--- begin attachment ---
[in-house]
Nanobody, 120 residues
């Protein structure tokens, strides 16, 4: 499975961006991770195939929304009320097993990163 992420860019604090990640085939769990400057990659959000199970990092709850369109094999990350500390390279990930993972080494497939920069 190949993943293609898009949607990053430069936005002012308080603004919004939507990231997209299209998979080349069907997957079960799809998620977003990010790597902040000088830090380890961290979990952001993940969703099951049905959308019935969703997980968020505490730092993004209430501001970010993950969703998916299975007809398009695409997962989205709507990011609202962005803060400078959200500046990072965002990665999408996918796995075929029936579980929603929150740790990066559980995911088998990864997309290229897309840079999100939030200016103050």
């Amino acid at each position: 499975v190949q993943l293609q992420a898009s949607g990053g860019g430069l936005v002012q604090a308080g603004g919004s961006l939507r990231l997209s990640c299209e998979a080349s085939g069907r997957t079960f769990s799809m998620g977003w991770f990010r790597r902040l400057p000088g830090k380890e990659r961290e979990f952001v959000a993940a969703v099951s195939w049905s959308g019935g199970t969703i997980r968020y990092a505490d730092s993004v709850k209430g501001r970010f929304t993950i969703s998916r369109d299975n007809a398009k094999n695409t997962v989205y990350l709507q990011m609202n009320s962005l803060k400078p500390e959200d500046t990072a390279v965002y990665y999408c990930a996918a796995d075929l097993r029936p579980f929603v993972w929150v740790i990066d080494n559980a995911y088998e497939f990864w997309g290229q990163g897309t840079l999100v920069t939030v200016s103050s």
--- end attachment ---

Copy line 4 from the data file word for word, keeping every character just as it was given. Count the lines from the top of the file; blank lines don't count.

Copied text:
């Amino acid at each position: 499975v190949q993943l293609q992420a898009s949607g990053g860019g430069l936005v002012q604090a308080g603004g919004s961006l939507r990231l997209s990640c299209e998979a080349s085939g069907r997957t079960f769990s799809m998620g977003w991770f990010r790597r902040l400057p000088g830090k380890e990659r961290e979990f952001v959000a993940a969703v099951s195939w049905s959308g019935g199970t969703i997980r968020y990092a505490d730092s993004v709850k209430g501001r970010f929304t993950i969703s998916r369109d299975n007809a398009k094999n695409t997962v989205y990350l709507q990011m609202n009320s962005l803060k400078p500390e959200d500046t990072a390279v965002y990665y999408c990930a996918a796995d075929l097993r029936p579980f929603v993972w929150v740790i990066d080494n559980a995911y088998e497939f990864w997309g290229q990163g897309t840079l999100v920069t939030v200016s103050s």